Barzani: Yes, it is true. In nearly 20 days in October, over 200 people came into my sector, but they tend to pretend they are regular people or ex-military. We keep them for a few hours to check basic information, then we send them to the Asayish (the Kurdish intelligence services) in Erbil to make sure they are not on any terror list, and they are sent to jail if they are. We know that some people have fought with IS but we cannot prove it; some are defecting because of the growing operations. There are more defections.

Al-Monitor: Clashes between Peshmerga forces and the Popular Mobilization Units were reported in Tuz Khormato on Nov. 12, after a Popular Mobilization Unit vehicle allegedly crossed a Kurdish checkpoint without allowing inspection. What is the general relationship between the Peshmerga and the units? Is there any coordination and, if not, would you be open to coordinating with them in the fight against IS?

Barzani: I do not have any Popular Mobilization Units in my sector as we do not have borders with Shiite communities. They are in Kirkuk. The problem was indeed very bad but a solution was found; I do not know what will happen in the future. Our borders are with Sunnis and we invited their sheikhs — such as the Sabaawi, Loheib and Jubur — to fight with us and offered our support, as we do not want to enter Arab villages. We also got them salaries from [the government in] Baghdad.

Al-Monitor: On Nov. 13, Kurdish forces — with the backing of fighters from the Kurdistan Workers Party [PKK], the People's Protection Units [YPG] and the Sinjar Alliance, as well as US air support — succeeded in regaining control of Sinjar from IS, more than a year after the group seized the city in August 2014. Why did it take so long to reclaim the city?

Barzani: The operation was delayed because we wanted to take Mosul before Sinjar, which is a difficult area. We were waiting for the Mosul operation to happen, but the Iraqi army kept postponing it from one month to another. When winter came, we decided that the operation [to reclaim Sinjar] should happen. We now surround Mosul from the east, north and west.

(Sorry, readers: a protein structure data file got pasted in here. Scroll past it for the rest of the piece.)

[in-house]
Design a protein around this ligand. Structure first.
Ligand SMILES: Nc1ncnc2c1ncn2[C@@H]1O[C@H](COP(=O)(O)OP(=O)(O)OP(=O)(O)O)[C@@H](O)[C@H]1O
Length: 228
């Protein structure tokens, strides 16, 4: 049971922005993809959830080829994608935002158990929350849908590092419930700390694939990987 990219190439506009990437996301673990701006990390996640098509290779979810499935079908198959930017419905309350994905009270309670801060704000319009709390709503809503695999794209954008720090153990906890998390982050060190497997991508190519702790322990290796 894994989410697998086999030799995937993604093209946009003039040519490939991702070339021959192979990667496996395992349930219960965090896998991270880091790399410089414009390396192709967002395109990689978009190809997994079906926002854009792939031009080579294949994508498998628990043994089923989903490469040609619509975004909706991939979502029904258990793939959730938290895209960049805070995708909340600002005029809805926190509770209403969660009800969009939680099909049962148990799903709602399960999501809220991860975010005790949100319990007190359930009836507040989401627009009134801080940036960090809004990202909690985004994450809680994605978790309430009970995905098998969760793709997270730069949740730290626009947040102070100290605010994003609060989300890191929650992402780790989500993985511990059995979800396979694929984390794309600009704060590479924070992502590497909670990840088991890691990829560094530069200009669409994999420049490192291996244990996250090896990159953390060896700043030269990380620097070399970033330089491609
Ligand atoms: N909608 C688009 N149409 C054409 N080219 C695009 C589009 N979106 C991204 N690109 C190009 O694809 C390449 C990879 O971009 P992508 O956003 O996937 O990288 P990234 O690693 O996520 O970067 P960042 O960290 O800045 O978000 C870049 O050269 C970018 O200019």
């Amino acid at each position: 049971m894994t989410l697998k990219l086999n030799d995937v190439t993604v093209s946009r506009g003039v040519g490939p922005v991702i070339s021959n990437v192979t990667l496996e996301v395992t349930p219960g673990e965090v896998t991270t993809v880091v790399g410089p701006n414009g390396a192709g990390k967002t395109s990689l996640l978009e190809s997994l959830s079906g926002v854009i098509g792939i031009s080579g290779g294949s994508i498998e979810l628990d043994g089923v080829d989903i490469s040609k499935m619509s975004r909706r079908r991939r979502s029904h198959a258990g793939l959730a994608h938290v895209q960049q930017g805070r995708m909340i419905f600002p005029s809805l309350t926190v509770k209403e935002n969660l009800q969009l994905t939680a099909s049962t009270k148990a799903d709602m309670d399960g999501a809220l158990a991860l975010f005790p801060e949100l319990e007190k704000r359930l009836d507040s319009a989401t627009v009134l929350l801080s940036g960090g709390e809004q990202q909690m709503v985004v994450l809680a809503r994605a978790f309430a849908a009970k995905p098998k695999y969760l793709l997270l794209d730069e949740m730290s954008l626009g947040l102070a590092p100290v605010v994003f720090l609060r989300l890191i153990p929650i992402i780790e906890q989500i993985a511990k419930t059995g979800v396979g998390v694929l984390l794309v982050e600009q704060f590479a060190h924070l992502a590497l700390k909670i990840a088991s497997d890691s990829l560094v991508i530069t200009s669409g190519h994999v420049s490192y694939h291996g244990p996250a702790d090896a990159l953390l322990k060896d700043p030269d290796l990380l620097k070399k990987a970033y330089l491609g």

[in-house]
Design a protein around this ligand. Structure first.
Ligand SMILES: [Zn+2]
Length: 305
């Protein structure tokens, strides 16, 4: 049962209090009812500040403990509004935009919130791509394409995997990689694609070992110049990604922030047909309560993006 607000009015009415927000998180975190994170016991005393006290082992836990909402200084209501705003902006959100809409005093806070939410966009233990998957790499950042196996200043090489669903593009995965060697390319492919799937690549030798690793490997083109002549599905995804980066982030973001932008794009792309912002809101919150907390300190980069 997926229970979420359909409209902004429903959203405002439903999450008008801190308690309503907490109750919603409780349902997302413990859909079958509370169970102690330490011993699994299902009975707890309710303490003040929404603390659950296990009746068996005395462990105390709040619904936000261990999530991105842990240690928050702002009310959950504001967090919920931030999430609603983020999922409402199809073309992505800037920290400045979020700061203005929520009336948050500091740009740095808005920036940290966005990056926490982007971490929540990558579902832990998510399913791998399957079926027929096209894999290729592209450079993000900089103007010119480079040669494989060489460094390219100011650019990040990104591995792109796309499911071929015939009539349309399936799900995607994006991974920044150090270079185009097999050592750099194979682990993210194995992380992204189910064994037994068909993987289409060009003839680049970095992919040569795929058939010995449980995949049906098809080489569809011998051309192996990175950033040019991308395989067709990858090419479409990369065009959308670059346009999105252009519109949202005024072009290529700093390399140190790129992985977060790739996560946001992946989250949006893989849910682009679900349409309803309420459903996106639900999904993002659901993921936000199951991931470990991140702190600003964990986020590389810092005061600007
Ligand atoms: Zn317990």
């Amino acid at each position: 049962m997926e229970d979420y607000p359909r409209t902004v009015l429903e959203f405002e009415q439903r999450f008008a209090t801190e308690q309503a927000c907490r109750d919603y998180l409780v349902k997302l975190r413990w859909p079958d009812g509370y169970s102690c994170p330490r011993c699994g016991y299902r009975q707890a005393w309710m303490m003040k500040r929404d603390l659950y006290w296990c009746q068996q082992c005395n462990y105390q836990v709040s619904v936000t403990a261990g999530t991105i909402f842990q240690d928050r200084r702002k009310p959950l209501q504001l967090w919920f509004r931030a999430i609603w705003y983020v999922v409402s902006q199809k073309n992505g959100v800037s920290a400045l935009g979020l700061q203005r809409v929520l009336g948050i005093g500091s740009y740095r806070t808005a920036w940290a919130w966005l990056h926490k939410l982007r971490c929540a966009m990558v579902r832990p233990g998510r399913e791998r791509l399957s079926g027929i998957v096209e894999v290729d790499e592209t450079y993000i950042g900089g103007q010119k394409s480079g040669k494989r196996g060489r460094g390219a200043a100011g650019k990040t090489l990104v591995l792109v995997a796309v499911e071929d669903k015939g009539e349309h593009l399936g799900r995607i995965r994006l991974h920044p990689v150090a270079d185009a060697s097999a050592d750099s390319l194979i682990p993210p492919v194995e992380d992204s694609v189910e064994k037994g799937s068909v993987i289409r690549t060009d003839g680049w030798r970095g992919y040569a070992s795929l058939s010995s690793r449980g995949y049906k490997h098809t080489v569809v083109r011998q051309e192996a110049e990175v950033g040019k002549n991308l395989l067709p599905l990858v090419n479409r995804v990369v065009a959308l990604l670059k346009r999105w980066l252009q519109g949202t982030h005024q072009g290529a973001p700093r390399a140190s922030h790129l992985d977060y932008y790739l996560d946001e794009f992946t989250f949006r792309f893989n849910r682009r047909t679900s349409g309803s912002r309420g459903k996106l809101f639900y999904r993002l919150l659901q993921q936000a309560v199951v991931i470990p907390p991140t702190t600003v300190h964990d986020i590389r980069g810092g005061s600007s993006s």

Al-Monitor: Although IS has been expelled from the city, Sinjar is in ruins and distrust remains between Arabs and Yazidis. Are you aware of any efforts to rebuild the town or repair relationships between these groups?

Barzani: The problem is very bad. These [communities] were neighbors, some of them living in the same village, and when IS came in, they went and killed these people and took their women. It will not be so easy to restore relations [between them].

Al-Monitor: Who will ensure security in the city? What will be the role of the KRG there? What about the PKK?

Barzani: Sinjar wants to be part of the KRG, and the security is 100% handled by the Peshmerga. If we push IS completely out of the area, the area will be then controlled by the Asayish, the security forces and of course the Peshmerga. I do not really understand the role of the PKK in Sinjar. Are they looking to play a political role in the next elections? That is not the case; it is a show of force. They wanted to show that they played a role in pushing out IS from Sinjar.

Al-Monitor: How will internal problems within the KRG affect the fight against IS?

Barzani: There is a political problem, this is true, but this will not affect the fight against IS.

Al-Monitor: What role do you see for the Peshmerga in a possible operation to regain control of Mosul? Could the Peshmerga do this without coordinating with Iraqi forces?

Barzani: We might launch the offense without the Sunnis, but how can we control the area without them? Also, if the local population is not happy with us and helping IS, this will not be easy. We do not yet know what the people in Mosul think, and there is no official plan to take over the city.


News Code: 11938  |  Date: 2015/11/25  |  Time: 13 : 27